Second best would be PBKDF2, which relies on an underlying hash function and is somewhat similar to what you suggest. There are technical reasons why bcrypt is "better" than PBKDF2.

As for your specific questions:

1. would it be beneficial to include username in salt?

Not really.

2. I have decided to use a common salt for all users, any downside in this?

Yes: it removes the benefits of having a salt. The salt sole reason to exist is to be unique for each hashed password. This prevents an attacker from attacking two hashed passwords with less effort than twice that of attacking one hashed password. Salts must be unique. Even having a per-user salt is bad: the salt must also be changed when a user changes his password. The kind of optimization that an attacker may apply when a salt is reused / shared includes (but is not limited to) tables of precomputed hashes, such as rainbow tables.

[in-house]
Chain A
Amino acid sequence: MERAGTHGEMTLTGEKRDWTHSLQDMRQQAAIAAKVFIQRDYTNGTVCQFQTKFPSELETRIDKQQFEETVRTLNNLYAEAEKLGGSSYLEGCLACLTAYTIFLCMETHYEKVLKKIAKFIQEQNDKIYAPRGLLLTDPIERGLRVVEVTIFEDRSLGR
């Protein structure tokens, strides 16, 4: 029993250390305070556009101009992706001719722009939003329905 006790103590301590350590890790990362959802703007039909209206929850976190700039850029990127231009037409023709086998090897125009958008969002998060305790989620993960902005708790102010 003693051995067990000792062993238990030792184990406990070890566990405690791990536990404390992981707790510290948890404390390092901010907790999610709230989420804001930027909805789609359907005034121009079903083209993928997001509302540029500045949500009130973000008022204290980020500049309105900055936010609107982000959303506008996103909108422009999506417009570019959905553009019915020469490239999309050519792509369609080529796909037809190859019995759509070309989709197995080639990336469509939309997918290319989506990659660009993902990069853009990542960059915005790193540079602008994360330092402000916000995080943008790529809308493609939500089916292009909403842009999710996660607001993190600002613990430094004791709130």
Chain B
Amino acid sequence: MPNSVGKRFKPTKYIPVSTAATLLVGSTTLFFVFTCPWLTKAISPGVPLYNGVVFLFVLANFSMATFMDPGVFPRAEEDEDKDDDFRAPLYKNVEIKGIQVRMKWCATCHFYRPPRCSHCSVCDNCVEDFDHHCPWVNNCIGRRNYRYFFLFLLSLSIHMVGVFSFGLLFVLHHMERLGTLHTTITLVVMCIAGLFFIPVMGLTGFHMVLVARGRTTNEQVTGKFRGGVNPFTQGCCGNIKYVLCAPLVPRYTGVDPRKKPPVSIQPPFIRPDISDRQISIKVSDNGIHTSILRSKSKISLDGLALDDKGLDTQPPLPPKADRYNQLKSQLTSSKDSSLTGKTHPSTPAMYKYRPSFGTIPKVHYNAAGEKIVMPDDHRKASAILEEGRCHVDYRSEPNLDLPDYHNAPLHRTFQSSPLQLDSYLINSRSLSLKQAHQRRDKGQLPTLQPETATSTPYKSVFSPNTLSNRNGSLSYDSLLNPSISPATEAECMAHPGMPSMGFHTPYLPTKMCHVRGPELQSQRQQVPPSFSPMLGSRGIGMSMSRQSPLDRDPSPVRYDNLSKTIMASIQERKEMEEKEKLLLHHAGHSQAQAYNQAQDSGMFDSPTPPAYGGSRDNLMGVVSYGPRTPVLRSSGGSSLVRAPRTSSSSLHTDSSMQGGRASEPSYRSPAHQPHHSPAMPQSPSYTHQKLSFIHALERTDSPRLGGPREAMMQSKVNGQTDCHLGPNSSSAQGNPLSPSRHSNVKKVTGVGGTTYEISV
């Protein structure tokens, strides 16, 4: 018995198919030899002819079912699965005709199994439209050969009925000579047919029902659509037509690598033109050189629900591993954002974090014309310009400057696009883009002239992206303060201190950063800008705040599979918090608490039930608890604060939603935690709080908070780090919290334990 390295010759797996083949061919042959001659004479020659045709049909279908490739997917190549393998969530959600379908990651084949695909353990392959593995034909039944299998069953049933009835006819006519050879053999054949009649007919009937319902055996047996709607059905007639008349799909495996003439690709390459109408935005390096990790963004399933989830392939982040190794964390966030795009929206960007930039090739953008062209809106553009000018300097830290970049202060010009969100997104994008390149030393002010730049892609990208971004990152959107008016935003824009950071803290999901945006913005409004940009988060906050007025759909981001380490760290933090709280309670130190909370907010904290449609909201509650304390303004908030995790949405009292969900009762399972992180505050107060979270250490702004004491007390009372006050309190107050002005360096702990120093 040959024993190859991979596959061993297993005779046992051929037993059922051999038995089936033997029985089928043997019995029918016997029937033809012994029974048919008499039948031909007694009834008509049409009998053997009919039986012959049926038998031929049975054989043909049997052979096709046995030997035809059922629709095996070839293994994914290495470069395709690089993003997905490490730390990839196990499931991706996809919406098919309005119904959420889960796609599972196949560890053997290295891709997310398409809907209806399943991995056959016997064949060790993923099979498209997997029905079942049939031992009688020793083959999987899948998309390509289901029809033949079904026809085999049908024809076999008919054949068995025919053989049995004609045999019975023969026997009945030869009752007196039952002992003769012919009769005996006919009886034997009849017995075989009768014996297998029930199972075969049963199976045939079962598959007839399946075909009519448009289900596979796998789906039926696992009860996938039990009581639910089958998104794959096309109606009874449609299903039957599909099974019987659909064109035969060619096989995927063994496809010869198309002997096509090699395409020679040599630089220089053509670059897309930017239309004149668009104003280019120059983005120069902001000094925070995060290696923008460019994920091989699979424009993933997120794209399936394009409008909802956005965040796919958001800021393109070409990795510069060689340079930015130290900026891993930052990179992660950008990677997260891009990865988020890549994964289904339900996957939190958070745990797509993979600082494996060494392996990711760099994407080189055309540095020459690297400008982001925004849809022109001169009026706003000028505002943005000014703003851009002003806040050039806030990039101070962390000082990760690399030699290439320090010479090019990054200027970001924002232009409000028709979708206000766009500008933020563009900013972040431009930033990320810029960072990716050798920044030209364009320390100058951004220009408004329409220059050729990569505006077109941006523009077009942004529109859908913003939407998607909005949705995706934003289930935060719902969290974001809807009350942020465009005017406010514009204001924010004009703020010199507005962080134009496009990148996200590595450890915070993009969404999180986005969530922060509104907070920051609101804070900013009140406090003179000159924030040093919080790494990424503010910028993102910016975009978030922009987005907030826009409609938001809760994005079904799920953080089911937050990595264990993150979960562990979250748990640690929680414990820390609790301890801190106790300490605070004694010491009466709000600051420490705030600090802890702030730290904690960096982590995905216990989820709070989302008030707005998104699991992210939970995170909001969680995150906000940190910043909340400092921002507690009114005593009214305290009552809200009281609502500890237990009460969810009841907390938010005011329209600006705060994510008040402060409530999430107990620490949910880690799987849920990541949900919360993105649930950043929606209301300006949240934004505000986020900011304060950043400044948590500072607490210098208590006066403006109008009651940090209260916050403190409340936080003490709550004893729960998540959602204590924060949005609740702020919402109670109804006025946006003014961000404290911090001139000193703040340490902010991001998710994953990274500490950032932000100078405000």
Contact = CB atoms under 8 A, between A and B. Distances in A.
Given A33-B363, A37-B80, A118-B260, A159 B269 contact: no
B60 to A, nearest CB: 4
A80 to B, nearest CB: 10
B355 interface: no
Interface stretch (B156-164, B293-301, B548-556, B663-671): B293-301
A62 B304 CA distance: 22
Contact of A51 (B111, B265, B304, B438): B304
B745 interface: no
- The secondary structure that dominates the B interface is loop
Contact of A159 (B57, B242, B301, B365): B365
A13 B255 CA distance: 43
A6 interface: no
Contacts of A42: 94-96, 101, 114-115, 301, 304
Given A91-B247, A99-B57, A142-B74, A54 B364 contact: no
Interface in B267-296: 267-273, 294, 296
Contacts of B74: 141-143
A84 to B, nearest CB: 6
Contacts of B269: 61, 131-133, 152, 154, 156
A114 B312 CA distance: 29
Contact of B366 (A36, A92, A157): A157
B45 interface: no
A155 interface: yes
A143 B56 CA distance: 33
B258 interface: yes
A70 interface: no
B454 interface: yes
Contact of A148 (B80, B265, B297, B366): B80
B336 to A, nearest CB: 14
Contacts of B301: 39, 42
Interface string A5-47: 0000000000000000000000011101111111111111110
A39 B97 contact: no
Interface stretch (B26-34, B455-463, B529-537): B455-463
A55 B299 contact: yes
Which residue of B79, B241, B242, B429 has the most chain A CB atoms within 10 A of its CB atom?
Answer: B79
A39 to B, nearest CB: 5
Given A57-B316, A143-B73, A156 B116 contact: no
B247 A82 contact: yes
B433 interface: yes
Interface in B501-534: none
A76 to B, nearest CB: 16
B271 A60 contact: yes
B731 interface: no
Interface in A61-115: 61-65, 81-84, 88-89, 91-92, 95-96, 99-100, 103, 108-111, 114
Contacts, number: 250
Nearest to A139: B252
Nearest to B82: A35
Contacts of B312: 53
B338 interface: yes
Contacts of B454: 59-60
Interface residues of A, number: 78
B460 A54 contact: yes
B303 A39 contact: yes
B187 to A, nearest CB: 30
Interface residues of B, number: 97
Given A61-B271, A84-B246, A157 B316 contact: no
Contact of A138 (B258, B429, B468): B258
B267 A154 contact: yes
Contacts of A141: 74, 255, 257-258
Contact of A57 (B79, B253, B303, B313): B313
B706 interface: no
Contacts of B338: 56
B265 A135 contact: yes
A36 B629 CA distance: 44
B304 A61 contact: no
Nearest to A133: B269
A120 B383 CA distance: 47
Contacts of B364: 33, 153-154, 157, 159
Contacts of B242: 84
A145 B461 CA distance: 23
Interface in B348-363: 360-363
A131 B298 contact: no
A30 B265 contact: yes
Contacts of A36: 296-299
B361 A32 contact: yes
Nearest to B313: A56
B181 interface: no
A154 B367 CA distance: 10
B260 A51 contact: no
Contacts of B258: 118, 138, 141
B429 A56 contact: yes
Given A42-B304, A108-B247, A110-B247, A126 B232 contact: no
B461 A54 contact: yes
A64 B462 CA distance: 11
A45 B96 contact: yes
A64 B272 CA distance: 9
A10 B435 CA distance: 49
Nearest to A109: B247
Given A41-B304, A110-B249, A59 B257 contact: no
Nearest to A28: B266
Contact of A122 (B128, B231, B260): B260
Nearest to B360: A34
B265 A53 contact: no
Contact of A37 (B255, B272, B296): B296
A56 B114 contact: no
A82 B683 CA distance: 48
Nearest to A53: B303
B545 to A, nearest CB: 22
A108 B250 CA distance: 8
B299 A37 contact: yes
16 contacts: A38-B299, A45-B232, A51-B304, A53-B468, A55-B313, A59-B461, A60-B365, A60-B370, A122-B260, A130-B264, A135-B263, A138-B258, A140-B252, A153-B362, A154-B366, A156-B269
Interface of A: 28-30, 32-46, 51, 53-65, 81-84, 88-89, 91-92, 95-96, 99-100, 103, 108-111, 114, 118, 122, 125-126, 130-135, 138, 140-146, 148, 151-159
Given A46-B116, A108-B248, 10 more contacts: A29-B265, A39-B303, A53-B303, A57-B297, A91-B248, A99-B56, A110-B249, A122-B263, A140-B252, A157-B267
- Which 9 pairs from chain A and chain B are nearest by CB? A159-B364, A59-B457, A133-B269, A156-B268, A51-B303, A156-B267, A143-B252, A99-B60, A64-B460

3. what is the recommended minimum salt length, if any?

A salt must be unique. Uniqueness is a hard property to maintain. But by using long enough random salts (generated with a good random number generator, preferably a cryptographically strong one), you get uniqueness with a high enough probability. 128-bit salts are long enough.

4. should I use md5, sha or something else?

MD5 is bad for public relations. It has known weaknesses, which may or may not apply to a given usage, and it is very hard to "prove" with any kind of reliability that these weaknesses do not apply to a specific situation. SHA-1 is better, but not "good", because it also has weaknesses, albeit much less serious ones than MD5's. SHA-256 is a reasonable choice. As was pointed out above, for password hashing, you want a function which does not scale well on parallel architectures such as GPU, and SHA-256 scales well, which is why the Blowfish-derivative used in bcrypt is preferable.